“Saving face” might mean not saving your face at all

Nicole Ong, Editors-in-Chief

Perched at my desk, I was ready. I stared intently at a brightly color-coded spreadsheet, prepared to solve the world’s most difficult logic puzzle: my skincare routine. The rules of the game raced in my mind — oil cleanser comes before water cleanser, the salicylic acid cleanser can’t be used with the Japanese toner, vitamin C serum can’t be used on two consecutive days or with a physical exfoliator, along with a plethora of other restrictions and ideal pairs. My movements mimicked a chess game, eyebrows furrowing as I moved products from one box on the spreadsheet to another, until, checkmate, I was beaten.

Initially, I wasn’t particularly picky about my skin — a quick rinse with Cetaphil face wash (as per a recommendation from my mother) and dollop of moisturizer (also as per my mother’s advice) sufficed; maybe even a sheet mask if I got a pack as a Christmas gift. If anything, I wanted to shrink my huge pores and minimize my acne. I soon expanded to using African Black Soap, a witch hazel toner and a simple $5 moisturizer from Trader Joes. The bumps on my forehead weren’t a major annoyance, and I easily laughed off any embarrassment about my features.

Late in junior year, however, a suggestion came on my YouTube feed — something along the lines of “How to get GLASS SKIN! KOREAN SKINCARE ROUTINE!” Intrigued, I clicked, and was sucked into the rabbit hole of suggested videos. Each one depicted flawless beauty gurus who advertised promises of “honey skin” or “glass skin” — flawless, hydrated and supple skin, without the use of any makeup. If any or all of it was a marketing sham, then props to the marketing department, because it worked, almost a little too well.

Following the advice of these glowing skincare gurus, I began spending more time and money on skincare. My routine jumped from a modest three steps to a sizable 10 steps, to be completed both morning and night; from a routine which cost $15 maximum to one which had a total value of $100. 


Steps were never to be skipped, and I was to follow the precise routine outlined in my color-coded spreadsheet detailing a four-week skincare cycle. Each product had its place: chemical exfoliators would never be used without sunscreen the next day, I would use a sheet mask every Friday and I would double-moisturize four times a week.

What YouTube tutorials and product advertisements don’t tell you is the burden of a 10-step routine. Traveling was a hassle — try shoving 10 full-size products and regular toiletries into a quart-sized Ziploc, and then finding a way to get it past airport security. Some nights, after hours of studying, I wished for my 10 steps to be reduced to nine, just once, so I could go to sleep a little earlier. I started agonizing over every blemish; from the smallest blackhead on my nose to a large pimple on my forehead, I felt the need to fix everything. If I wanted “honey skin,” I had to be diligent: find every blemish, and find a product to eliminate it.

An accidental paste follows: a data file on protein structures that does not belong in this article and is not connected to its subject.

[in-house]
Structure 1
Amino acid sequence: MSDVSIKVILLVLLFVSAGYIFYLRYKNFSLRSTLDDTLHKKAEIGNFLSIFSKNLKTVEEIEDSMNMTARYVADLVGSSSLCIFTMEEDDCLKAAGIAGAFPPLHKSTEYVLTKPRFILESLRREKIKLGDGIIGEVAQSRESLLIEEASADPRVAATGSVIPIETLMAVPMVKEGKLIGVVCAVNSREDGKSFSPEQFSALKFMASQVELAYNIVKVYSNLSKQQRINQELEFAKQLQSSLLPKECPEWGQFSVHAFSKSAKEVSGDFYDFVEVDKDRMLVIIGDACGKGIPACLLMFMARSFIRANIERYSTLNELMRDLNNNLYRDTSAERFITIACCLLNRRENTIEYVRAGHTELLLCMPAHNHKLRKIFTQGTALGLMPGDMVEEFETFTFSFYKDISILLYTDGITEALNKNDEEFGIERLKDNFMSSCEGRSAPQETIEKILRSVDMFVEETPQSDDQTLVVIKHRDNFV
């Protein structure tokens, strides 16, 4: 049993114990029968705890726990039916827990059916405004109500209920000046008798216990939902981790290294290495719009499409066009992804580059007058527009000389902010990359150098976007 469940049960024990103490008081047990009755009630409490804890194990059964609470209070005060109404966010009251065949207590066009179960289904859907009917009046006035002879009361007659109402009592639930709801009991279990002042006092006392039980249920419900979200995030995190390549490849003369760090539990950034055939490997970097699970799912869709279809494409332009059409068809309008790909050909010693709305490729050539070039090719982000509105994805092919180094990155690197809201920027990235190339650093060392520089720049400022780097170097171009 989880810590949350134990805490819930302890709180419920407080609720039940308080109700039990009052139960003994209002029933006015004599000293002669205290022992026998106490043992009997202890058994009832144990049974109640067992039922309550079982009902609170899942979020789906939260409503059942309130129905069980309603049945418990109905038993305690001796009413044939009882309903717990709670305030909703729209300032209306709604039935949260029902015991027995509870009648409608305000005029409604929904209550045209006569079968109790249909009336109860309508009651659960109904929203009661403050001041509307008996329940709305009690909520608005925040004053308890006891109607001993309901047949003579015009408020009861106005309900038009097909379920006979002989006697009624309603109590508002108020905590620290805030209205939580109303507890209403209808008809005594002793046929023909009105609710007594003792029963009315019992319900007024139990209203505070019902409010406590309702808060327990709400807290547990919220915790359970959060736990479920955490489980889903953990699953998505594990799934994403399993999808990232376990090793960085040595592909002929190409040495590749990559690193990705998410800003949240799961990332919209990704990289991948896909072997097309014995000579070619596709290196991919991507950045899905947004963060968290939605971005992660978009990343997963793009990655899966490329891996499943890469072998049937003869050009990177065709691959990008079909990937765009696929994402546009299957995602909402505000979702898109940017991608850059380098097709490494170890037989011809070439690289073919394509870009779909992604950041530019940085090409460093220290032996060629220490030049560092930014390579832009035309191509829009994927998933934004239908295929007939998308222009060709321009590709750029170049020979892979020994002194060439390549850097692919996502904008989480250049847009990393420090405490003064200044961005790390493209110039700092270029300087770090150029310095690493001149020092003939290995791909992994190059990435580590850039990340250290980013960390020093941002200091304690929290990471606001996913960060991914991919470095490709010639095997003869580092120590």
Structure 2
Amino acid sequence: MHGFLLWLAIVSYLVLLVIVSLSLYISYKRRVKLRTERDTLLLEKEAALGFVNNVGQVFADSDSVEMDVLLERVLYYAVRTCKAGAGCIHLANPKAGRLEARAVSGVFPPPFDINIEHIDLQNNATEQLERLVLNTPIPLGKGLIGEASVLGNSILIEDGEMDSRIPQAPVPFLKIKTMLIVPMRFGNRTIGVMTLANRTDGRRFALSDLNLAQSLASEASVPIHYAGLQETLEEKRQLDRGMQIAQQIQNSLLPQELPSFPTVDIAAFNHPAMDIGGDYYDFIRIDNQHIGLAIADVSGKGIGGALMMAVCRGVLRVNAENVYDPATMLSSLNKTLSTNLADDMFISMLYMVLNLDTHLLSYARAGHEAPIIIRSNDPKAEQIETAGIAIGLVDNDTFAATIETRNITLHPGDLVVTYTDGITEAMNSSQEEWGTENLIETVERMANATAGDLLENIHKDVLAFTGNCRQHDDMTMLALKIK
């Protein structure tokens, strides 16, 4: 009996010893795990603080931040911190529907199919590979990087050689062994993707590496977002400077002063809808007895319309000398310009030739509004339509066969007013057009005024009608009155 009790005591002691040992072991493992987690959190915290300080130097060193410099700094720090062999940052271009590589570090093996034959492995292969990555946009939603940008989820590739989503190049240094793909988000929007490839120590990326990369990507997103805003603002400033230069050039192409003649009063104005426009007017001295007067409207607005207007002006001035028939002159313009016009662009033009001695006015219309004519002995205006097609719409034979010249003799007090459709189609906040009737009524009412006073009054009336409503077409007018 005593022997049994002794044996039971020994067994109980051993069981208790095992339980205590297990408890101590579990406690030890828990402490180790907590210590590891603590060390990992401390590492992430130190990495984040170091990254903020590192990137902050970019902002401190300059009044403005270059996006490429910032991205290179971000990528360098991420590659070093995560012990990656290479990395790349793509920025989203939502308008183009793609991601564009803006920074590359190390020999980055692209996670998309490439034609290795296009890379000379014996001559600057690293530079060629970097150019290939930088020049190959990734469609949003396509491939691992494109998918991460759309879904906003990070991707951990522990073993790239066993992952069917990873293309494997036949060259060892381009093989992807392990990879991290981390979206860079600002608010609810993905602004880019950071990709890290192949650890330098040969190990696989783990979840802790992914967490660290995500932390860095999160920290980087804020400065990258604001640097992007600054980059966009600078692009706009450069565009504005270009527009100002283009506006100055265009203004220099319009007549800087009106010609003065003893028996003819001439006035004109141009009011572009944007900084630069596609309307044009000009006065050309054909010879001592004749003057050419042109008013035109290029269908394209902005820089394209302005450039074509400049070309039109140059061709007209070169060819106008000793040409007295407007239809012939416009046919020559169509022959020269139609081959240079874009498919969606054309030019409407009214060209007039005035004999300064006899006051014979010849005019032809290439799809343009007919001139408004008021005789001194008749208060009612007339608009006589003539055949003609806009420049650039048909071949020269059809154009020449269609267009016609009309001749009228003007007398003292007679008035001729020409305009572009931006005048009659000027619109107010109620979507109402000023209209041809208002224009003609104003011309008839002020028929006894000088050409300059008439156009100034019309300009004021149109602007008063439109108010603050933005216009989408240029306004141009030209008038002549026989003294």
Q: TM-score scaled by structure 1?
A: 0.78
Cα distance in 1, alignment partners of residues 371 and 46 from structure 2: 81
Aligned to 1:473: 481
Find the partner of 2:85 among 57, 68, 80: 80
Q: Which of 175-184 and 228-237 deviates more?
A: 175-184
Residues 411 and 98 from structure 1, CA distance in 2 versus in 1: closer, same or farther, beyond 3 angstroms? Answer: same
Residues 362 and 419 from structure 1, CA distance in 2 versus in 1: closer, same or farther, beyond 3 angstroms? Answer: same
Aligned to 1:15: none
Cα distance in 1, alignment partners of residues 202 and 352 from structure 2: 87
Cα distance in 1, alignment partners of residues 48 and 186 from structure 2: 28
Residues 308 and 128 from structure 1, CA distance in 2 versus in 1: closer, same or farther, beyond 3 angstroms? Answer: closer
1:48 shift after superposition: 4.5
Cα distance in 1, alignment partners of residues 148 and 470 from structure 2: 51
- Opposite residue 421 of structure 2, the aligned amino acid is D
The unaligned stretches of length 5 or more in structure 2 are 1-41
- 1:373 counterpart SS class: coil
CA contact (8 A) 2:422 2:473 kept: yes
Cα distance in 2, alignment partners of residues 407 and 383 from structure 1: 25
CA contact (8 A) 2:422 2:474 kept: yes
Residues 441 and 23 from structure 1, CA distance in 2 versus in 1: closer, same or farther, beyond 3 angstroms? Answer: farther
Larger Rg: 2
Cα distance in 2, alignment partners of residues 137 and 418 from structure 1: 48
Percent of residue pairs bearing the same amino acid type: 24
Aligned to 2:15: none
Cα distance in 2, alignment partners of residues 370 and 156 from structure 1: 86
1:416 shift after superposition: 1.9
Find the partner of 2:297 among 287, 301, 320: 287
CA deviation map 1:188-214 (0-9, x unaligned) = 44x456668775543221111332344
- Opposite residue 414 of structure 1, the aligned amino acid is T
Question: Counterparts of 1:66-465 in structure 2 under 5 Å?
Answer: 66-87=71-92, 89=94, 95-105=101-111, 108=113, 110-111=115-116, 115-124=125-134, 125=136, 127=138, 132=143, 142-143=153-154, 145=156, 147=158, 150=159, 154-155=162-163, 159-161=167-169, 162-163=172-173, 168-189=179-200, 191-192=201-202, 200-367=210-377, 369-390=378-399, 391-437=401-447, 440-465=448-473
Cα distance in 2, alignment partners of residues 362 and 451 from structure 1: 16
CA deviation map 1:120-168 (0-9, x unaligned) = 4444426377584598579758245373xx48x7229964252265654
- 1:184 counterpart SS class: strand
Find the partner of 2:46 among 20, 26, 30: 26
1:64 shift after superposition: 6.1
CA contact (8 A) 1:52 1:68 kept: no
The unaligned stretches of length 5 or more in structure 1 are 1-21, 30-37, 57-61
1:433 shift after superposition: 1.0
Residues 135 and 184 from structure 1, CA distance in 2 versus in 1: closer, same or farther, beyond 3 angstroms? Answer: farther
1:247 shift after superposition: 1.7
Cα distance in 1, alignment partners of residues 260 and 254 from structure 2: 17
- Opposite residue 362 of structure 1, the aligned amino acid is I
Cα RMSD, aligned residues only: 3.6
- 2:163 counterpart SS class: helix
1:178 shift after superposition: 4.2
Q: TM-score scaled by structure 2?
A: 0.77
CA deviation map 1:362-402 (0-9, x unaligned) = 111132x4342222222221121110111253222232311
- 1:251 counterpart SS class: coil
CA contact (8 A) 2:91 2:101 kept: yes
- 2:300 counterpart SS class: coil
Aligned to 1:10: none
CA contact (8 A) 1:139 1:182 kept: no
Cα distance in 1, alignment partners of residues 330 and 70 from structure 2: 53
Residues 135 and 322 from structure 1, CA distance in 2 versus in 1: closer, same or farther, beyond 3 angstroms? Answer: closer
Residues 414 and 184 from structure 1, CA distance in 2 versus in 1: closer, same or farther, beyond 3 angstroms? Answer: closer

I waited, slathering thick creams and goopy essences onto my face each night, but “honey skin” never came. The tiny bumps on my forehead never completely disappeared, no matter how much I scrubbed at them. My nose is still an oil slick but my cheeks are basically the Sahara Desert, if not worse. I’d add on another product to resolve this, and my skin would break out into painful acne even worse than before I started. Out of desperation, I switched out reasonable products for more expensive ones, adjusted my spreadsheet, read more articles and pored through thousands of product reviews, all in the hopes I’d finally unlock the secret combination that would give me the smoothest skin possible. 


Instead of bright, glowing skin and a renewed sense of self, I only faced greater amounts of painful acne and a ruined self-image. I’d hide my chin in my hands when I sat down, hoping I’d mask the scabs. I’d see girls around school and envy their smooth skin, failing to realize that they were probably wearing makeup.

At some point, I just stopped caring so much; I had to. I still hope for “honey skin,” but it got tiring to look in the mirror and be filled with deep insecurities about every miniscule bump on my cheek or blackhead on my nose. I didn’t want to cake my face in makeup every morning just to take it off and feel worse at night. 

At the end of the day, Photoshop doesn’t work in real life, the Fountain of Youth isn’t real, and anyone who judges you on appearances rather than character is not worth your time. Will I ever be blemish-free? Perhaps not, but instead of bashing myself for what I can’t control, I rest assured that blemishes are universal — remember: no one cares more than you do. Whether I have the “honey skin” I so dearly seek or the “pepperoni pizza” skin of my breakouts, I know the secret to beauty was never a color-coded paradox-on-a-spreadsheet of a skincare routine or a 40-dollar bottle of essence, but confidence.